Conker's Bad Fur Day
Editor's Note: I remember seeing advertisements for this game on TV and thinking it looked absolutely hilarious in its reversal of "cute" cartoon characterizations. HDL gives you the low-down on just how deep and "mature" the humor ran in this uncharacteristically adult Nintendo 64 action-adventure/platform game. -mossy_11
Ever wonder what an obscene version of Looney Tunes would be like? If youʼve ever imagined vulgarities coming from characters like Bugs Bunny, you may have some idea of what this game has in store.
Unlike most games with a cartoony approach, Conker's Bad Fur Day makes no effort to hide its brusque nature, even before you start playing. Not long after the game is turned on, protagonist Conker the Squirrel cuts the iconic Nintendo 64 logo straight down the middle with a chainsaw. Even the gameʼs menu select screen is actually a tavern, containing many of the crazy characters Conker will interact with in his story. This approach was partially responsible for the gameʼs less-than-stellar commercial success, on top of being released only months before the GameCube in 2001.
Throughout the adventure, many characters will use foul language, some even censored for a comedic touch, including Conker himself. Gore and dismemberment are not emphasized, but they plentifully supplied in certain parts, such as when Conker falls from heights or watches a raptor devour its prey.
As with all great games, the main purpose is to deliver a fun experience for the player. Many games have tried a “mature” approach, and failed miserably because of their emphasis on ideas uncommonly seen in games. Conker's Bad Fur Day takes care not to oversaturate itself with too much of this, making for a funnier, more relaxed environment. The aspect of the game most highly praised, the gameplay, has driven it to become a cult classic. Unlike other Rareware titles at the time, almost no item collection is necessary. The focus is instead shifted to context-sensitive abilities (moves that can only be used in certain places) and trials that can be accomplished mostly by Conkerʼs basic actions. These range from simple (carrying cheese to a mouse while avoiding thwomp-like stones) to deep and not that simple (infiltrating an enemy stronghold).
The story is equally absurd. Conkerʼs main objective is to get home and sleep after waking up with a major hangover. On his way, he encounters many whimsical characters that will often impede or help him (but mostly impede). Conker has little regard for those around him, and will readily help (or sacrifice) anyone in his way if it benefits him somehow (perhaps this is why his name is phonetically equal to “conquer”). Most of the time this means acquiring cash, which is a recurring theme in the game and, while having cash usually does nothing, is required for specific parts. Elsewhere, it is determined by a sinister king and his capable scientific professor that the table on which he places his milk glass needs to be fixed. They come to the conclusion that a squirrel is the solution.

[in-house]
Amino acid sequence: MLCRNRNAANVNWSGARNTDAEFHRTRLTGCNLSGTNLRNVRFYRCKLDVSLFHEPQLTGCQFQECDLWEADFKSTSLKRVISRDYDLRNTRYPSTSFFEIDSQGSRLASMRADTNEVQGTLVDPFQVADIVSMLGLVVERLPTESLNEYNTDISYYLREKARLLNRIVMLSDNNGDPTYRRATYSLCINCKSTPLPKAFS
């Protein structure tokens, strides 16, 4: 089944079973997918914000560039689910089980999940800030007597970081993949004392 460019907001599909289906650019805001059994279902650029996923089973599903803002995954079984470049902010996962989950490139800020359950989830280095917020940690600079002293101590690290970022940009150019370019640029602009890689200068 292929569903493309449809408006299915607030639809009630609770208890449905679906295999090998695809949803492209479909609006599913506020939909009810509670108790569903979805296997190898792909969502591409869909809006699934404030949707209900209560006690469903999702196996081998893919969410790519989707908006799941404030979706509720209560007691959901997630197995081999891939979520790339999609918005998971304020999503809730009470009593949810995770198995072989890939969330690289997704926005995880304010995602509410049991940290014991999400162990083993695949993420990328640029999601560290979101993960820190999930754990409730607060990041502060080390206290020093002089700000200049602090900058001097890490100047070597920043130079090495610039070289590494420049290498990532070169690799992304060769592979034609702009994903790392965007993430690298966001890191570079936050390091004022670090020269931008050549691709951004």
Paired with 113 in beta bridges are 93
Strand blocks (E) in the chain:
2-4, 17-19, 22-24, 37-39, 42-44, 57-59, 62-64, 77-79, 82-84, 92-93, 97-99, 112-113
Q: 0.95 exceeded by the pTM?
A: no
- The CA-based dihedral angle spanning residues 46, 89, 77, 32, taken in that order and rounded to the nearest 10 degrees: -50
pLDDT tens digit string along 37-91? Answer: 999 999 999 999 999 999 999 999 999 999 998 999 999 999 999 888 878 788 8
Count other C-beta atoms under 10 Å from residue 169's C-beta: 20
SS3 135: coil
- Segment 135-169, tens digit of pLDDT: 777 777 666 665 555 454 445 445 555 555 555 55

Conker's Bad Fur Day mixes various forms of humor with entertaining gameplay and lasting appeal, which tend to be quite recognizable. However, it is also known for pushing the Nintendo 64 hardware. It features spoken dialogue, lip syncing, dynamic shadows, contextual music, and various other special effects that were uncommon at the time. The frame rate suffers in some areas, but overall the game manages to maintain a steady flow. Perhaps due to these technical achievements, Conker's Bad Fur Day is not especially long -- a fault which some consider its primary drawback.
Also featured is a multiplayer mode, which lets up to four people compete or cooperate in various modes, including Deathmatch, War, and Heist. It is often considered just as addicting and fun as the main story.
In 2002, Microsoft acquired Rareware. This led to the cancelation of a sequel on the GameCube, with development shifting to a remake project for Conker's Bad Fur Day on the Xbox, titled “Conker: Live and Reloaded.” This version sported new graphics, music, and other things. It was, however, criticized for its excessive censorship and certain changes that players say detracted from the experience when compared to the original.
When allʼs said and done, Conkerʼs Bad Fur Day is a riot, and upon completion you will have the urge to start it all over again. I highly recommend it for anyone who wants to play something that doesnʼt take itself seriously, yet has much to offer in terms of comedy and pure fun.
Did you play and enjoy Conker's romp through a cartoon world gone wrong? Do you wish there were more games like it? What's your favorite mature-themed game? Let us know your thoughts in the comments.
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